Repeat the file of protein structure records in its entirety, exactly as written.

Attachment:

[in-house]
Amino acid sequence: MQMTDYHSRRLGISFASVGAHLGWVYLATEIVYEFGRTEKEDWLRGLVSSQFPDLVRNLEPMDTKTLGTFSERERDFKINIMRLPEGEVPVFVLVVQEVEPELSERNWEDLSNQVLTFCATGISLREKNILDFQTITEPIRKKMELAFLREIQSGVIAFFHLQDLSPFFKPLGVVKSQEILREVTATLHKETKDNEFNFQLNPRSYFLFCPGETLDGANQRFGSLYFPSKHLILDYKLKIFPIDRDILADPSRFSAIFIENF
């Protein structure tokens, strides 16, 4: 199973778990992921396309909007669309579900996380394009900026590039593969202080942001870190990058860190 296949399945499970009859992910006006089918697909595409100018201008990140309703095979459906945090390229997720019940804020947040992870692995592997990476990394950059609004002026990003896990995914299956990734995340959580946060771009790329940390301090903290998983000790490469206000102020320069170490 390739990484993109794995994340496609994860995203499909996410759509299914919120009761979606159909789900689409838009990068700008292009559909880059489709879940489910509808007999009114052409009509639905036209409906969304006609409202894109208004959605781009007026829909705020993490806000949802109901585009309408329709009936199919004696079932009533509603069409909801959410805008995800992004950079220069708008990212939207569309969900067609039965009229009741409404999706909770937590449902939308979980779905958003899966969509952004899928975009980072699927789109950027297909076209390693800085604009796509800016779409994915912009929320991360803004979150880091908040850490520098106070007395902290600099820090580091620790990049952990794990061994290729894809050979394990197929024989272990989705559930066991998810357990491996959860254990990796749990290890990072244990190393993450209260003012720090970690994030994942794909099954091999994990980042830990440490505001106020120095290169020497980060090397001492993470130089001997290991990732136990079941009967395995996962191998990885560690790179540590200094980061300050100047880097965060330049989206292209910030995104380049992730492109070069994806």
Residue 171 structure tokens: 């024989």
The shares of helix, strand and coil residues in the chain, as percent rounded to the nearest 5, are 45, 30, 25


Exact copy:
[in-house]
Amino acid sequence: MQMTDYHSRRLGISFASVGAHLGWVYLATEIVYEFGRTEKEDWLRGLVSSQFPDLVRNLEPMDTKTLGTFSERERDFKINIMRLPEGEVPVFVLVVQEVEPELSERNWEDLSNQVLTFCATGISLREKNILDFQTITEPIRKKMELAFLREIQSGVIAFFHLQDLSPFFKPLGVVKSQEILREVTATLHKETKDNEFNFQLNPRSYFLFCPGETLDGANQRFGSLYFPSKHLILDYKLKIFPIDRDILADPSRFSAIFIENF
């Protein structure tokens, strides 16, 4: 199973778990992921396309909007669309579900996380394009900026590039593969202080942001870190990058860190 296949399945499970009859992910006006089918697909595409100018201008990140309703095979459906945090390229997720019940804020947040992870692995592997990476990394950059609004002026990003896990995914299956990734995340959580946060771009790329940390301090903290998983000790490469206000102020320069170490 390739990484993109794995994340496609994860995203499909996410759509299914919120009761979606159909789900689409838009990068700008292009559909880059489709879940489910509808007999009114052409009509639905036209409906969304006609409202894109208004959605781009007026829909705020993490806000949802109901585009309408329709009936199919004696079932009533509603069409909801959410805008995800992004950079220069708008990212939207569309969900067609039965009229009741409404999706909770937590449902939308979980779905958003899966969509952004899928975009980072699927789109950027297909076209390693800085604009796509800016779409994915912009929320991360803004979150880091908040850490520098106070007395902290600099820090580091620790990049952990794990061994290729894809050979394990197929024989272990989705559930066991998810357990491996959860254990990796749990290890990072244990190393993450209260003012720090970690994030994942794909099954091999994990980042830990440490505001106020120095290169020497980060090397001492993470130089001997290991990732136990079941009967395995996962191998990885560690790179540590200094980061300050100047880097965060330049989206292209910030995104380049992730492109070069994806």
Residue 171 structure tokens: 């024989």
The shares of helix, strand and coil residues in the chain, as percent rounded to the nearest 5, are 45, 30, 25